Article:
On the other hand, if we return to Yohannis, himself an emperor, too, we find him as have been all Tigrean princes and Kings, much more determined-a man who wants to take a coastal city come what may. From him we have: “I do not wish (to open) a counsel in Massawa – I wish Massawa itself.” [18]


However, when writing a letter to Queen Victoria, Yohannis [19] is determinedly less aggressive. For after the usual flattery and we-are-Christian-brethren-bit, he says that he doesn’t very much mind sharing the pagan districts around the coast with the British, but with no one else. [20] Yohannis was unfortunate in that he had fallen out  of favour, the European powers had found him persistent in his asking for an outlet to the coast – is cost what it might.


There were unsettled accounts between him and Menelik. The Italians wanted him punished. At one point, the Italians offered Menelik 5,000 rifles on condition that he attacked Emperor Yohannis-after which, the two agreed, they would divide the territorial conquests between themselves.


Let us, however, close this section with a Menelik a great deal stronger:


If I cannot take Tajura by sea, it is not difficult for me to seize the port from this side (over­land). However, without coming to blows, I hope that civilised Europe will render me justice and give satisfaction ....


A little later in the same letter: “we hope that our crown which honours Jesus Christ will never be trampled to the ground by the children of Mohammed.” And yet a little more: “If truly you are the protectors of Christians, it is today that you must give us proof.” [21]


Part V


Came the scrabble for Africa, the slicing of Somalia with Ethiopia being given her share. But no outlet to the sea, yet. We re-encounter Europeans famished like locust, the Ethiopians more so. But still no outlet to the coast for Menelik’s Kingdom. And it is now that the territorial claims over the coast, over any of Africa’s watery expanses, begins. Khartoum. Lake Nyanza. Lake Sambura. The Indian Ocean. The Red Sea Coast. The waters are the limit.


Part VI


Menelik again but in 1891. This is another famous letter he sent to the Governments of Britain, Italy, France, Germany and the Czar of Russia. We note there is a change of voice, a change in the man, a change in the form of request he makes. It is a long letter which mentions in the grandest detail the boundaries of his (dreamed) Ethiopia. Let us comment no more, let us have it straight from him: “Ethiopia has been for four centuries a Christian island in a sea of pagans.” [22] A determined voice, a subtle reference to the war fought for the control of the city of Harar during the fifteenth century by Ahmed Gurey, the Somali warrior. [23] But let us stay with Menelik. Stand warned and firm: don’t ever be surprised by Menelik who writes, “Formerly, the boundary of Ethiopia was the sea ... our frontiers on the sea coast fell into the power of the Muslims.” [24]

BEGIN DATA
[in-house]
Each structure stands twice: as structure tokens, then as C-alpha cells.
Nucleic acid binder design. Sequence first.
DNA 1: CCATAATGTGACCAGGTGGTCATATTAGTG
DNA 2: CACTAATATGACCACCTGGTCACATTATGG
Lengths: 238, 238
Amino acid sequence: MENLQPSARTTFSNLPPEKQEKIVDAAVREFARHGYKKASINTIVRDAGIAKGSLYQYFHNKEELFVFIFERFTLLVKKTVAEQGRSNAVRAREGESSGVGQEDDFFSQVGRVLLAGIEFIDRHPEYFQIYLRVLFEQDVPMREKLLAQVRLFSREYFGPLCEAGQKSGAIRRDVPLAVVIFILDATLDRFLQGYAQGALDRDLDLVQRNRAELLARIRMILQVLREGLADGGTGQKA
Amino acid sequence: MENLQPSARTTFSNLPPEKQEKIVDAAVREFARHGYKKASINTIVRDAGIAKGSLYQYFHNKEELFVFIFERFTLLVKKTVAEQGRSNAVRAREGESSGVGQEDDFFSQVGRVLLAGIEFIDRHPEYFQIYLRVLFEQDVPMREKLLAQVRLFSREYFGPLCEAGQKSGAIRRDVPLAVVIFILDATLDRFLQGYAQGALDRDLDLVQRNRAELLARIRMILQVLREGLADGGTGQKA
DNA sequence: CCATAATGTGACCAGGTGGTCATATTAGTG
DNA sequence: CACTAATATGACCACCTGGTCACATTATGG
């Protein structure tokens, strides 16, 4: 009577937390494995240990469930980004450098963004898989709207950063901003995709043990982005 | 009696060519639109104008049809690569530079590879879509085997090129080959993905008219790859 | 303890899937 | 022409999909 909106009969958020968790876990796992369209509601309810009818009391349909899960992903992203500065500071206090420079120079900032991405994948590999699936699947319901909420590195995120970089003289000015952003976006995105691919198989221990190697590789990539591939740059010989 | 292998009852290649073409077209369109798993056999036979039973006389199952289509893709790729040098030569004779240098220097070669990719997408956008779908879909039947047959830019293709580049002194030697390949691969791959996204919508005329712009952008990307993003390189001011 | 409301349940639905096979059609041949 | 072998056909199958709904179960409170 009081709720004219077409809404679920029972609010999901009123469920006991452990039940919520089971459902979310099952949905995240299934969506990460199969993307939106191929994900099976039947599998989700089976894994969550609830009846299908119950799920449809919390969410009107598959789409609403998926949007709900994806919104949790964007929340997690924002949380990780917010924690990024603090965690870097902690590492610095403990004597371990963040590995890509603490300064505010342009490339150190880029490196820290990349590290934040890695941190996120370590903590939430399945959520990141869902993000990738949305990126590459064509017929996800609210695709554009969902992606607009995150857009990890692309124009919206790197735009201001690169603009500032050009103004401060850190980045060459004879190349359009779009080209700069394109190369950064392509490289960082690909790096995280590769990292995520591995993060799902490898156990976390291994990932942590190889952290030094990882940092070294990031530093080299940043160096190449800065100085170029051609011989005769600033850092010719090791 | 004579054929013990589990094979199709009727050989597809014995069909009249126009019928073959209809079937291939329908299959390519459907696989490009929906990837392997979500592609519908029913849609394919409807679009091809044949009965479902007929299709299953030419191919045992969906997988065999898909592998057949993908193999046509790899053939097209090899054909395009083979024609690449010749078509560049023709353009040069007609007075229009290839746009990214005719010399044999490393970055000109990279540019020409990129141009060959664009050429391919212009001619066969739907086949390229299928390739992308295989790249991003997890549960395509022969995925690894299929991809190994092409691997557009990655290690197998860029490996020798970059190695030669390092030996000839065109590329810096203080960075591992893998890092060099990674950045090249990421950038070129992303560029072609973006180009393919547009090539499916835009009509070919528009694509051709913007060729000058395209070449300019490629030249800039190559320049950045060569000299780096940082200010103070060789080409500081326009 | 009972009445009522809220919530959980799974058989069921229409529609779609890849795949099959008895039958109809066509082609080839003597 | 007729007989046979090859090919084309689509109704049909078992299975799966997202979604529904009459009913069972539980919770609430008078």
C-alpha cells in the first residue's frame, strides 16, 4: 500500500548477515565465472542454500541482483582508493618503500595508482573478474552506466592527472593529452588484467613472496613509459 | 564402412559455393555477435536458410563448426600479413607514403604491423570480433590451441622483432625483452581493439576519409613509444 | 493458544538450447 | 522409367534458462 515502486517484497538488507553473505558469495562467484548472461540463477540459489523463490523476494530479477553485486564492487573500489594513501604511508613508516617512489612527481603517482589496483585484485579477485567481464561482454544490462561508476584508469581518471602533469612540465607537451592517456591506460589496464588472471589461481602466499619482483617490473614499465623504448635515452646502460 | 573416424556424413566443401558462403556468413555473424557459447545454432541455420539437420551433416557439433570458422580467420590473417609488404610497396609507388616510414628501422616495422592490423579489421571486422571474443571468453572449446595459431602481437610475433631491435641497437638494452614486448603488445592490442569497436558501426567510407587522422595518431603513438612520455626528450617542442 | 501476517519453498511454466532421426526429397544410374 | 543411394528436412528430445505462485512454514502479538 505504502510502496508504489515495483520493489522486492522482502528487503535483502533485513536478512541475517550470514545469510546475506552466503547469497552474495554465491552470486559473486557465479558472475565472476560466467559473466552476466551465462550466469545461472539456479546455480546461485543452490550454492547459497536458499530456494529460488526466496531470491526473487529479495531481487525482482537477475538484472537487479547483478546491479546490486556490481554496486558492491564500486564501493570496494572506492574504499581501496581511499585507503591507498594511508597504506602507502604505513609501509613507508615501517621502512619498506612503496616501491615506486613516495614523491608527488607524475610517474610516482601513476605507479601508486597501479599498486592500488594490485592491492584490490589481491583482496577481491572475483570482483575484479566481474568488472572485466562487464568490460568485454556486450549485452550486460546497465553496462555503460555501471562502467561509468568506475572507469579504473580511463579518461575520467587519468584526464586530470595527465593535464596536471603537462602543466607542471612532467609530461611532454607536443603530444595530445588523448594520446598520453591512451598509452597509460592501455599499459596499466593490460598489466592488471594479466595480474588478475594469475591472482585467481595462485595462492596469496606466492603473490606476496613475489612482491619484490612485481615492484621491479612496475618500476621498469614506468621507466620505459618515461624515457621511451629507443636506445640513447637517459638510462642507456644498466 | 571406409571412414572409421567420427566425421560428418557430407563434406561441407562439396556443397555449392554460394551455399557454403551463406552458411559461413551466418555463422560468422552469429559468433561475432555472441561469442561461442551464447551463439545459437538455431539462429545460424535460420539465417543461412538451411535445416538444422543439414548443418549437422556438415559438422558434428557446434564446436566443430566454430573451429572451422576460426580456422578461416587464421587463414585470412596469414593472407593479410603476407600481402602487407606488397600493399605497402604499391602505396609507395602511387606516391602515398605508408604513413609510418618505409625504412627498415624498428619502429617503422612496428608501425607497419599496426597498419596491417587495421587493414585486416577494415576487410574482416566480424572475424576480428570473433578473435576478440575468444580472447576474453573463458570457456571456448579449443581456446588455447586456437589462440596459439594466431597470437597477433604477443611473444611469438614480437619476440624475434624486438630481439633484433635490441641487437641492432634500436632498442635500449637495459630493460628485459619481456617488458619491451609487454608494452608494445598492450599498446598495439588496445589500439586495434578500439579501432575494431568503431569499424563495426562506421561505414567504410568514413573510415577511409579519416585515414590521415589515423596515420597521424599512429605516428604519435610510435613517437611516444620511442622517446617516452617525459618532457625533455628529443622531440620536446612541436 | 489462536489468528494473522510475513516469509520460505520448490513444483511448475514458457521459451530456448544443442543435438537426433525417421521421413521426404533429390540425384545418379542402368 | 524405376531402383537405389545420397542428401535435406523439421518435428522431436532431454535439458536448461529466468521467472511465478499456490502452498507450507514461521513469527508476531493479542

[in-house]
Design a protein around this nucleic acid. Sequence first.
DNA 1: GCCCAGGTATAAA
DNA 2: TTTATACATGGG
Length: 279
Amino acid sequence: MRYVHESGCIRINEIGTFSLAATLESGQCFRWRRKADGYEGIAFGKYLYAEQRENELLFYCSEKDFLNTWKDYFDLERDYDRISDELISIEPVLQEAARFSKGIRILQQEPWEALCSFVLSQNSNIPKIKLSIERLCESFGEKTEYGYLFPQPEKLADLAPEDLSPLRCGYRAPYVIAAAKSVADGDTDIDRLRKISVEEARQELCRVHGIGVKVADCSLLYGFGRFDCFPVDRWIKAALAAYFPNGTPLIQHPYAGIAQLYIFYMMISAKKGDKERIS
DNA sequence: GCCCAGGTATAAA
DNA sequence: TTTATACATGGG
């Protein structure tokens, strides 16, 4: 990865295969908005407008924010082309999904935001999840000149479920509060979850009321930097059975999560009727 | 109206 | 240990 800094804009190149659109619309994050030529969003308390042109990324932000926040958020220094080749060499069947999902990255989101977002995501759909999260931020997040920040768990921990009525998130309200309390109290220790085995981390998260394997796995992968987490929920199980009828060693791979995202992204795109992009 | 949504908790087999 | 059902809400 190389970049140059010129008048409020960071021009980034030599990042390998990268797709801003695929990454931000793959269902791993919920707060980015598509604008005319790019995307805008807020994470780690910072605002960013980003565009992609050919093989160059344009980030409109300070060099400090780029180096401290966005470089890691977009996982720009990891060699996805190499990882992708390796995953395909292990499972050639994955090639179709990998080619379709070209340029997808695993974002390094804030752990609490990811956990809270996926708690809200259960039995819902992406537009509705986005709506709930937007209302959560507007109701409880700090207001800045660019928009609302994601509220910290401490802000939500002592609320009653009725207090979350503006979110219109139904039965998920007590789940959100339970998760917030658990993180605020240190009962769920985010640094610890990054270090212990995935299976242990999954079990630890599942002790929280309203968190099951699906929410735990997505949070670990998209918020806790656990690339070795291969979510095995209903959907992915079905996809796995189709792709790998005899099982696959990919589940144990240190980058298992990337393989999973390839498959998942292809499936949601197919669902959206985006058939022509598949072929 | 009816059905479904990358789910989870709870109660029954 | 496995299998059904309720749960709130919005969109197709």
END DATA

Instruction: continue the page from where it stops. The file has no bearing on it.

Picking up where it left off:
We shall note one thing: that at this stage, the sea remains so far unnamed, the coast as well. The boundary of Ethiopia was the sea. When? What sea? And when did the frontiers of Ethiopia (if even we accept the concept as Menelik had), specifically the frontiers on the sea, fell into the power of the Muslims? But who are the pagans that surround him? The Somalis? The Gallas) The Eritreans? And had he considered it his duty as a Christian to carry the pharos of Jesus Christ to the heathen peoples of the coast? I am afraid we shall have no answer from him. But we have this; we have a mention of intentions; we have Menelik’s word for it:


At present, we do not intend to regain our sea frontiers by force but we trust that the Christian powers guided by our Saviour, will restore to us our sea coast-line . .. at any rate, certain parts of it. [25]


We’ve seen above that he said he could “take Tajura by sea. . (or) to seize the port from this side” but wouldn’t do it because he had faith in civilised Europe’s rendering Caesar what is a Christian’s! And now: “the Christian powers guided by our saviour will restore to us our sea coast-line ... at any rate, certain parts of it.” But these powers wouldn’t be guided by Christ the Saviour, these powers were guided by their colonial interest. Use of the port facilities of Djibouti: is that the best these brothers in Christ would offer? (As though) from his death-bed a message: “If God gives me strength, I shall re-establish the ancient frontiers (tributaries) of Ethiopia up to Khartoum and as far as Lake Nyanza with all the Gallas included. [26]